Last night I watched Creighton defeat Mississippi 86-77 in a very good pre-season college basketball game. Not only was it extremely entertaining but Creighton’s offense was also a reminder of a simple concept that many of us forget from time to time-how compressing the defense in any form is really the key to creating good shots.
In Creighton’s five games this season so far, the Blue Jays are averaging 93.8 ppg, which includes 103 and 112 points against Washington St. and North Carolina St. respectively. As one watches them, it becomes very apparent that there is not a lot of complex action being run, which isn’t to say that there’s not a lot of coaching going on.
Rather, the coaching is in the simplicity. Coach Greg McDermott has his team attacking the basket off the break and off the bounce in the half-court isolations. Mixing in post-ups, cuts and flashes, the Blue Jays are threatening the rim on most possessions, thereby compressing the defense to protect the rim. Consequently, as a by-product, they are getting great looks on the perimeter.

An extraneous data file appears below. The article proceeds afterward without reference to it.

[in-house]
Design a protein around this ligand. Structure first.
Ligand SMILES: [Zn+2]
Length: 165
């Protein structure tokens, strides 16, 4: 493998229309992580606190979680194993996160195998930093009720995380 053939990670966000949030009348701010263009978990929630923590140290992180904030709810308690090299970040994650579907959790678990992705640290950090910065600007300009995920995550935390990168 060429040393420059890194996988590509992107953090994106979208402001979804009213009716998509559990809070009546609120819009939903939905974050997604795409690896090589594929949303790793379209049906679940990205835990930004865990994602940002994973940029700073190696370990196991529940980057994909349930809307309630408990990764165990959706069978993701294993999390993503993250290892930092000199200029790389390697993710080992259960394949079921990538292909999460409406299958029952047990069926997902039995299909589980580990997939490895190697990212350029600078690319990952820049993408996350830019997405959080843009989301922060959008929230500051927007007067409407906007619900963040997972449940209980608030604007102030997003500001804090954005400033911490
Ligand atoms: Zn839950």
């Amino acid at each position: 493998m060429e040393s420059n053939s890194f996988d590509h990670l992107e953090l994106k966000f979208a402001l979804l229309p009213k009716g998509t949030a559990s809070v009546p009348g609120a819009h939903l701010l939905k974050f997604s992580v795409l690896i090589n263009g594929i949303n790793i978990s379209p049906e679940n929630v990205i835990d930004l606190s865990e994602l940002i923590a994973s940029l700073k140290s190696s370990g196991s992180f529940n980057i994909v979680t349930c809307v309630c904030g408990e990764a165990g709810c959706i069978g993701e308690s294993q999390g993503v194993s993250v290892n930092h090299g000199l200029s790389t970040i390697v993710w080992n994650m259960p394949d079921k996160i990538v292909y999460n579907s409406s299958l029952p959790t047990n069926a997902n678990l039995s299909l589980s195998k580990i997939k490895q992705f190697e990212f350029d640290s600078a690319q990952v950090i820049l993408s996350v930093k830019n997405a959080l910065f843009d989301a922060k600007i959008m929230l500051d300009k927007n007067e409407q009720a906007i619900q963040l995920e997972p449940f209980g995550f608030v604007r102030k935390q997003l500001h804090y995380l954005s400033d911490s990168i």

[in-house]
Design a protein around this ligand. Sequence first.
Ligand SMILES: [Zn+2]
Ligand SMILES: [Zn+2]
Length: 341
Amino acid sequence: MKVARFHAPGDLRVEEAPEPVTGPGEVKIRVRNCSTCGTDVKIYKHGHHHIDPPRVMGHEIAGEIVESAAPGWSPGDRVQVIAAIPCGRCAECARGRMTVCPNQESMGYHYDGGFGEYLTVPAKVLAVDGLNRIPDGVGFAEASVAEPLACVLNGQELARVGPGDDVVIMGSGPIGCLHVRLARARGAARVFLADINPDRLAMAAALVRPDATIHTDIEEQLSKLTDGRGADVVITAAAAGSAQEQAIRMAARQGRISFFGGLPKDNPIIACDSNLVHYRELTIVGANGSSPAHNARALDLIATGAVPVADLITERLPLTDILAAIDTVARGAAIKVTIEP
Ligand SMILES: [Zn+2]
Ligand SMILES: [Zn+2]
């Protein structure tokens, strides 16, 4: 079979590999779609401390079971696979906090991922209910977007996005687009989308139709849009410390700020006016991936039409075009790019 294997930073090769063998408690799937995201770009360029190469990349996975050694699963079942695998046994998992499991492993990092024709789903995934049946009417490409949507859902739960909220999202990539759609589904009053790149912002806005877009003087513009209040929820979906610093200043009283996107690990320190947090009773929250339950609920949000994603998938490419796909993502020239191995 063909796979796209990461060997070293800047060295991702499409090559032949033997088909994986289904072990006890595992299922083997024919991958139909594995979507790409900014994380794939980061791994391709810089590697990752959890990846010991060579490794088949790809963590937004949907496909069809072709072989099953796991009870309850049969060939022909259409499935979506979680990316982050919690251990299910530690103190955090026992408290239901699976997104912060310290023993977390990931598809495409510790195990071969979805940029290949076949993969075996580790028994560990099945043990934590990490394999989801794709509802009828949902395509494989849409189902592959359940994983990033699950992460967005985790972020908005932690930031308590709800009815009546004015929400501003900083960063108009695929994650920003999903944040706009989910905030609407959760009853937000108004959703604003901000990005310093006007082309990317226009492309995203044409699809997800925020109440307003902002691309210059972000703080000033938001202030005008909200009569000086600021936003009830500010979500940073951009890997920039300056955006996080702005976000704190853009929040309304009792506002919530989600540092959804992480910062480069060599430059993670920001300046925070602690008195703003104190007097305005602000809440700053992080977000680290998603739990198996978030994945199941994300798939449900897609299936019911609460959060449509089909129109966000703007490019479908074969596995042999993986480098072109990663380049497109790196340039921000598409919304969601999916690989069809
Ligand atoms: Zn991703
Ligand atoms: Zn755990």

Of course, this isn’t happening without good personnel but the main takeaway after watching them play is how many possessions include a strong thrust into the heart of the defense enabling the offense to play “off of” the thrust.
To explain further, many coaches have used the phrase “play basketball” after a play or set gets the offense an edge. In a perfect world, the play will get the offense a basket, or at the very least, a good look. But, it most cases, the play will only get the offense a “half-step” or maybe “a step” advantage and the players will need to play “off of” that half step or step.
The more that players understand this premise, the better they’ll be able to “play basketball”. This season’s edition of the Creighton Blue Jays effectively demonstrates compressing the defense with thrusts and playing basketball. There are infinite ways to obtain the same effect and as coaches, it’s up to us to find those means for our teams.